Why does He want to anger them? So that on His timetable, by Friday, they will hand Him over to the Romans to be executed; so He will be executed on the very Passover day. He is orchestrating the timetable for His own death, and the trigger event is to send two of His disciples to begin this massive collection of people hailing Him as Messiah that will terrify the Jewish leaders who want Him dead. There must be a demonstration that will lead to His death, and He creates that demonstration. He controls all the events all the way to His cross, and He controls the timing of His cross, the timing of His death – He yielded up His Spirit – and the timing of His resurrection. It’s all in His hand. He is no victim of the Jews; He is no victim of the Romans; He is no victim of Satan - He is in control of everything.
So we see the end of the pilgrimage as our Lord enters Jerusalem to die and rise again in a few days. And again, the best chronology would put this event on Monday, even though we celebrate it on Sunday because that’s when we meet. It was most likely Monday when our Lord entered the city. And by the way, that would be the very day that the Jewish people would pick their lamb for sacrifice, and that is the very day that our Lord picked His Lamb for sacrifice. The Father picks the Son to be the Lamb of God, God’s Lamb on that same day. So that is the end of the pilgrimage.
The second word I want you to notice is “prophecy,” “prophecy,” verse 2. Here’s what He says to those two disciples: “Go into the village opposite you, and immediately you’ll find a donkey tied there and a colt with her; untie them and bring them to Me.”
“Go into the village opposite you”; that refers to Bethphage, which must have been just opposite Bethany where they were staying. This is an obscure village; we don’t know anything about it. It’s around the Mount of Olives and around the area of Bethany. It’s all very, very close, across the Kidron Valley on that ridge that overlooks the temple ground in Jerusalem. And He says to them, “You need to do this immediately. When you go, immediately, immediately you will find. Go to this village opposite you. Immediately when you get there.” That’s essentially “you’ll find a donkey tied there and a colt with her; untie them and bring them to Me.”
This is supernatural knowledge. He’s not there; He can’t see there, but He knows what is there. He knows there are these two animals. Mark tells us exactly where the two animals were found in Mark chapter 11. The Lord knew where they were, sent the two disciples exactly to that place, said, “Untie them and bring them to Me.”
Now this sort of looks like stealing, but it’s obvious that this is a home that our Lord knew and these are people that He knew. Mark and Luke tell us further that the animal that He is going to ride – the colt, the foal of the beast of burden, the donkey – had never been ridden. And if there is anything in this entire coronation that could be seen in any sense as an honor, this is it. This is all there is, because back in Deuteronomy 21:3, and then in 1 Samuel 6:7, we are told that to ride an animal, young animal never before ridden, was a mark of special honor. So the only honor that you could say that’s a part of the pageant of this coronation, the only decidedly specific honor was that He rode on an animal that had never been ridden, which was somehow to declare His uniqueness. You didn’t give Him a horse or an animal that had been ridden by someone else, and that was a small indication of honor; but that was it. And by the way, it wasn’t a great white horse; it was just a donkey’s offspring.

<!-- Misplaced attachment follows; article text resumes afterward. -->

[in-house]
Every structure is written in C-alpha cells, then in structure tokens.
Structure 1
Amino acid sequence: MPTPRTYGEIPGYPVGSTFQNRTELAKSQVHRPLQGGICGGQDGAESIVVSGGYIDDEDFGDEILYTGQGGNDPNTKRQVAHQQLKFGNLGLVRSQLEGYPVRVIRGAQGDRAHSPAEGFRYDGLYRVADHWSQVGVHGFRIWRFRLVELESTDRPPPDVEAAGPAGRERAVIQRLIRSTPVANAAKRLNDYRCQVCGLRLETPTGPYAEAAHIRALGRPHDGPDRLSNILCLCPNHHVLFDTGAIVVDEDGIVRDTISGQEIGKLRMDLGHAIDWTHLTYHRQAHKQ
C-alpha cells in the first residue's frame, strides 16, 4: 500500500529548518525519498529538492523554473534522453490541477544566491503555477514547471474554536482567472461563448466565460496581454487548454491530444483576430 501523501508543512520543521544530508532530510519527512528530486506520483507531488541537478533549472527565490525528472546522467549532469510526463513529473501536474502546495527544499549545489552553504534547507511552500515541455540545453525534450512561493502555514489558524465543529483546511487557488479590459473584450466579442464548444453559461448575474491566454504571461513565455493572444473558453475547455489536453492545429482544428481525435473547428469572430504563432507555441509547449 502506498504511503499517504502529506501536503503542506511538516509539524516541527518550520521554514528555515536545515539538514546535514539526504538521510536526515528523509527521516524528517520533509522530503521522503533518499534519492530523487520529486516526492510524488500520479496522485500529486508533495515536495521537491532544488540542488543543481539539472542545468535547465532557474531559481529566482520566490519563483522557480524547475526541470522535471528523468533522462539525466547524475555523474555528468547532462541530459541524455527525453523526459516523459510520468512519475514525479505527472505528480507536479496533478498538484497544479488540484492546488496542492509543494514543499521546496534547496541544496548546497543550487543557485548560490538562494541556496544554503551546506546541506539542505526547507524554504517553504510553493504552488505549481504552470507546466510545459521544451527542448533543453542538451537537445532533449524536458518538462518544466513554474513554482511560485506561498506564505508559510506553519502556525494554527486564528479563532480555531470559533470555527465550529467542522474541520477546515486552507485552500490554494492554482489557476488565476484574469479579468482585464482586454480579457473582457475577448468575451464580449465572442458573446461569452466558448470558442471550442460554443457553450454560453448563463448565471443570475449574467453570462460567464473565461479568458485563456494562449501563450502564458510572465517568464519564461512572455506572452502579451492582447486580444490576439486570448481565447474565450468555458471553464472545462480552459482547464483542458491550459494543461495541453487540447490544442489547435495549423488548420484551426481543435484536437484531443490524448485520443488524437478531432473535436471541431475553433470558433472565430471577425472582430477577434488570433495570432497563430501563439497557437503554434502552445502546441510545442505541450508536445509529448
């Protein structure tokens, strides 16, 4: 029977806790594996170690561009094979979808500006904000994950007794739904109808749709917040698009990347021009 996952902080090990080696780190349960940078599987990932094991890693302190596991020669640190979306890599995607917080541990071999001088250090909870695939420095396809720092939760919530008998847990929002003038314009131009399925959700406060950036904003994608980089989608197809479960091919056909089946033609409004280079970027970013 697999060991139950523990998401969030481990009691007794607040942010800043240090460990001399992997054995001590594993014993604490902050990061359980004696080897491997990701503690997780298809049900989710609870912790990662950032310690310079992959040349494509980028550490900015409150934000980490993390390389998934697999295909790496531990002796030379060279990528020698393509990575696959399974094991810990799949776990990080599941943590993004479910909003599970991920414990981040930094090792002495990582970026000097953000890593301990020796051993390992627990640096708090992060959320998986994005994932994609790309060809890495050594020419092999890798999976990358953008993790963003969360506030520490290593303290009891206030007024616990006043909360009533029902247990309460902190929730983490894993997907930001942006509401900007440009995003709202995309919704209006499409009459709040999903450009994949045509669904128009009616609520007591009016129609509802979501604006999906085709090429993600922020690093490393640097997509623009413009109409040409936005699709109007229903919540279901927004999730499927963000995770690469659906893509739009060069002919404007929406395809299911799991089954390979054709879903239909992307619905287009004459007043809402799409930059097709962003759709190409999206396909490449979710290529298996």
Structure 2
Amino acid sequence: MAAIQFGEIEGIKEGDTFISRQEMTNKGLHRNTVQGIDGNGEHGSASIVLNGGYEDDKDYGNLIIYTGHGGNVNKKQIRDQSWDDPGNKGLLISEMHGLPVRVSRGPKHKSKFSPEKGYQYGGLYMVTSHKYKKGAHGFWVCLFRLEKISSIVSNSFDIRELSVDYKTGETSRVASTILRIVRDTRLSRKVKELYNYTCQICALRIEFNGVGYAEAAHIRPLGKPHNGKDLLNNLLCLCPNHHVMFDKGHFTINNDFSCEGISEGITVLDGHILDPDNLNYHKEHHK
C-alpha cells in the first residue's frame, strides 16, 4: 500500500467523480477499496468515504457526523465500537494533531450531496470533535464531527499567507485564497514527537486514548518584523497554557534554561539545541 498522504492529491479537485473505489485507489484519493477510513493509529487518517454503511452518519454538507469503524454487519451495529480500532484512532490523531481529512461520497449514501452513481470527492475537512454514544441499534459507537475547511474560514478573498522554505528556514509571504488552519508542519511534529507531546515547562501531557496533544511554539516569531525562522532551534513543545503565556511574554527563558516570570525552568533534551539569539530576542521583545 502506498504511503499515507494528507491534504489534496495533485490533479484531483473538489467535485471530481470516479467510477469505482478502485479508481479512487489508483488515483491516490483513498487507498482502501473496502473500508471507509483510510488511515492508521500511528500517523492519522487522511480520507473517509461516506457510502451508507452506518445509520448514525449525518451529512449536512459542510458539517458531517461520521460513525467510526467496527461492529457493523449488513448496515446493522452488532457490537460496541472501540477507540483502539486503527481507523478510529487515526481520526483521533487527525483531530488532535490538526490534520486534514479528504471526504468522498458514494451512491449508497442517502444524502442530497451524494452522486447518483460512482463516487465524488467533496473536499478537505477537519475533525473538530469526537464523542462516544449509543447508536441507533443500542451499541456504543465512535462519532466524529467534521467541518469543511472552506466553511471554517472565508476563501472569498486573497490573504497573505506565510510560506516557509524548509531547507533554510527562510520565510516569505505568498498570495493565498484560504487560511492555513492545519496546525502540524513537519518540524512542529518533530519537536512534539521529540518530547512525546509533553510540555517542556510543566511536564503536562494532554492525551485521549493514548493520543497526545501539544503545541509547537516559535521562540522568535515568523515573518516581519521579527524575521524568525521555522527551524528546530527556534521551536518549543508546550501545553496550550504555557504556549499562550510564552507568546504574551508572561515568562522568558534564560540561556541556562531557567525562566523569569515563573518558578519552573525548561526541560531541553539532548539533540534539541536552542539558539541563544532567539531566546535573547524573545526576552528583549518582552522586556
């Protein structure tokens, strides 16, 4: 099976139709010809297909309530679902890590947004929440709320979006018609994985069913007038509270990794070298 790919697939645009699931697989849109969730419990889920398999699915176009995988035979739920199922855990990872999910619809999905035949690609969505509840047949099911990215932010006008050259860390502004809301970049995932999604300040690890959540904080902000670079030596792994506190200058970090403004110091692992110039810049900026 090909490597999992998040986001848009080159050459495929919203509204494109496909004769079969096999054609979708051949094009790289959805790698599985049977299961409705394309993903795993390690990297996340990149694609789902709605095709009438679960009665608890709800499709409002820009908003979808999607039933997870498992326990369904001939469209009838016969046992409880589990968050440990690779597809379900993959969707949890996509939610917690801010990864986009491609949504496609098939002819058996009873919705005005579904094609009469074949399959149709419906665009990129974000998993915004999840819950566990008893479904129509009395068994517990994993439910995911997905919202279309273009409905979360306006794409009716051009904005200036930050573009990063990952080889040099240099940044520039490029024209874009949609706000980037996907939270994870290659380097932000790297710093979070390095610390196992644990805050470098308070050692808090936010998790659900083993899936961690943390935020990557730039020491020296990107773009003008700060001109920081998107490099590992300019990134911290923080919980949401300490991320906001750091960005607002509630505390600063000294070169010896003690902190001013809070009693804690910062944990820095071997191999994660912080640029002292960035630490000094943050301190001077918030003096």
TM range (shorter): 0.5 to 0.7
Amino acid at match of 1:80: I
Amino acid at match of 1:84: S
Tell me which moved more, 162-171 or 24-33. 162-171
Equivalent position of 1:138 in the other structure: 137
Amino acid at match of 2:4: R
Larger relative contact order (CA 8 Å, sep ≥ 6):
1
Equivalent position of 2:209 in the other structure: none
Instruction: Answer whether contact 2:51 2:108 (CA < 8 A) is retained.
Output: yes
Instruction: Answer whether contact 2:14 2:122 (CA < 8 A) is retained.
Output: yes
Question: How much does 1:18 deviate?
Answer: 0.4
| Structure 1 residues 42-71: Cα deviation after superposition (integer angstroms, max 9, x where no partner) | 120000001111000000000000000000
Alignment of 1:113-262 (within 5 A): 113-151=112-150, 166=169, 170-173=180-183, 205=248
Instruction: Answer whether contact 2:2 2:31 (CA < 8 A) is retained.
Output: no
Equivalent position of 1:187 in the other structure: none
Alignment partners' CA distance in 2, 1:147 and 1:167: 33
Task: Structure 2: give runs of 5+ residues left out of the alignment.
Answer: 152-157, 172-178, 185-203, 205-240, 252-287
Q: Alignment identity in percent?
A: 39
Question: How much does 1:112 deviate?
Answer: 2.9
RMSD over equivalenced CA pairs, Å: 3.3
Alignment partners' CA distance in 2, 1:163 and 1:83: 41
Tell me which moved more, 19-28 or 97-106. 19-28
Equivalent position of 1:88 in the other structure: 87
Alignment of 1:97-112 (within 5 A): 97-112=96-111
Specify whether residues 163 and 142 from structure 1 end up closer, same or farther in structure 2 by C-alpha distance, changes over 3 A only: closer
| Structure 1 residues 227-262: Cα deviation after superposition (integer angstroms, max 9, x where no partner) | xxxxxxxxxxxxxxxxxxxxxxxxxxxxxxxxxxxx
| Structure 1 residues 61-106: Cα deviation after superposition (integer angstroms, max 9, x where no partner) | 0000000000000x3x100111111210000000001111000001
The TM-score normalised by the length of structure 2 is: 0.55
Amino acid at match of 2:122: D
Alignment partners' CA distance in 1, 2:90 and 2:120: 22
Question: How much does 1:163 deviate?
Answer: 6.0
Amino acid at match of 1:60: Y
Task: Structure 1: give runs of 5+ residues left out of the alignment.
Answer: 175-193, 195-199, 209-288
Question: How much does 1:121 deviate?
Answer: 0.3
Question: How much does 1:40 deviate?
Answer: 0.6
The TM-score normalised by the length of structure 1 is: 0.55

Now Jesus had no intention of keeping these animals permanently; He was just borrowing them for the afternoon. So in verse 3, He says, “If anyone says anything to you like, ‘Hey, hey, where are you going with my animals?’ you shall say, ‘The Lord has need of them.’” Now that tells me that He knew those people knew Him, because all He had to say was, “The Lord has need of them,” and that was it. This is a believing home. These are believing people who believe in the Lord Jesus Christ. Just say, “The Lord has need of them.” No further explanation than that.
And remember now, there were people who had confessed Him as Lord. “And immediately he will send them. Immediately he’s going to let you have them because he knows Me, and he would readily and happily submit to My command as his Lord.” Willing to let the Lord use his animals? Of course. Probably friends. Certainly followers of the Lord Jesus Christ.
Now what is this about? Is it just a statement of humility? Is this just to make this a kind of counter-coronation, opposite any kind of normal coronation? Is this purely to demonstrate humility? Well, it does do that, but it’s a much higher purpose. Look at verse 4: “This took place to fulfill what was spoken through the prophet.”
Ah, so now we have a prophecy being fulfilled, an Old Testament messianic prophecy being fulfilled. This is the first of a lot of prophecies that will be fulfilled during Passion Week, including prophecies about His death, prophecies fulfilled on the cross, and prophecies fulfilled in His burial, and prophecies fulfilled in His resurrection. But here is the beginning of these prophecies.